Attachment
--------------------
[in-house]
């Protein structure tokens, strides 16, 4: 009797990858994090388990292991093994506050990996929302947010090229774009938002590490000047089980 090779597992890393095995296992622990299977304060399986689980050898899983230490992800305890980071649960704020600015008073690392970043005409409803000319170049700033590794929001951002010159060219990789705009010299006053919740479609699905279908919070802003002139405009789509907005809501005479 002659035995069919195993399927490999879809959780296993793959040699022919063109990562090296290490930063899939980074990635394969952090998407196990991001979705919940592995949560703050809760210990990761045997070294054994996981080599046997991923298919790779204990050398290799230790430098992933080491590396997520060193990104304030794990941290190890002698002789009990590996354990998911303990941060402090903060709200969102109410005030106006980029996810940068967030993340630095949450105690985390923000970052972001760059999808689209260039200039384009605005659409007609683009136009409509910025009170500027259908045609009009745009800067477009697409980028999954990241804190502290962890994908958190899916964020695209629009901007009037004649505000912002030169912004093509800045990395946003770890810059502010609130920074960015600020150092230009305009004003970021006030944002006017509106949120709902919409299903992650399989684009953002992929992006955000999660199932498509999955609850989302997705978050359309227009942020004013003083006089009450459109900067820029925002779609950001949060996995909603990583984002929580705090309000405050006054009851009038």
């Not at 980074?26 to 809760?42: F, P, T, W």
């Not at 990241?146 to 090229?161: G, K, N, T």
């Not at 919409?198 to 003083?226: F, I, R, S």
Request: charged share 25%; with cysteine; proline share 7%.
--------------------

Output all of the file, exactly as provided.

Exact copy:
[in-house]
């Protein structure tokens, strides 16, 4: 009797990858994090388990292991093994506050990996929302947010090229774009938002590490000047089980 090779597992890393095995296992622990299977304060399986689980050898899983230490992800305890980071649960704020600015008073690392970043005409409803000319170049700033590794929001951002010159060219990789705009010299006053919740479609699905279908919070802003002139405009789509907005809501005479 002659035995069919195993399927490999879809959780296993793959040699022919063109990562090296290490930063899939980074990635394969952090998407196990991001979705919940592995949560703050809760210990990761045997070294054994996981080599046997991923298919790779204990050398290799230790430098992933080491590396997520060193990104304030794990941290190890002698002789009990590996354990998911303990941060402090903060709200969102109410005030106006980029996810940068967030993340630095949450105690985390923000970052972001760059999808689209260039200039384009605005659409007609683009136009409509910025009170500027259908045609009009745009800067477009697409980028999954990241804190502290962890994908958190899916964020695209629009901007009037004649505000912002030169912004093509800045990395946003770890810059502010609130920074960015600020150092230009305009004003970021006030944002006017509106949120709902919409299903992650399989684009953002992929992006955000999660199932498509999955609850989302997705978050359309227009942020004013003083006089009450459109900067820029925002779609950001949060996995909603990583984002929580705090309000405050006054009851009038």
């Not at 980074?26 to 809760?42: F, P, T, W």
């Not at 990241?146 to 090229?161: G, K, N, T």
């Not at 919409?198 to 003083?226: F, I, R, S």
Request: charged share 25%; with cysteine; proline share 7%.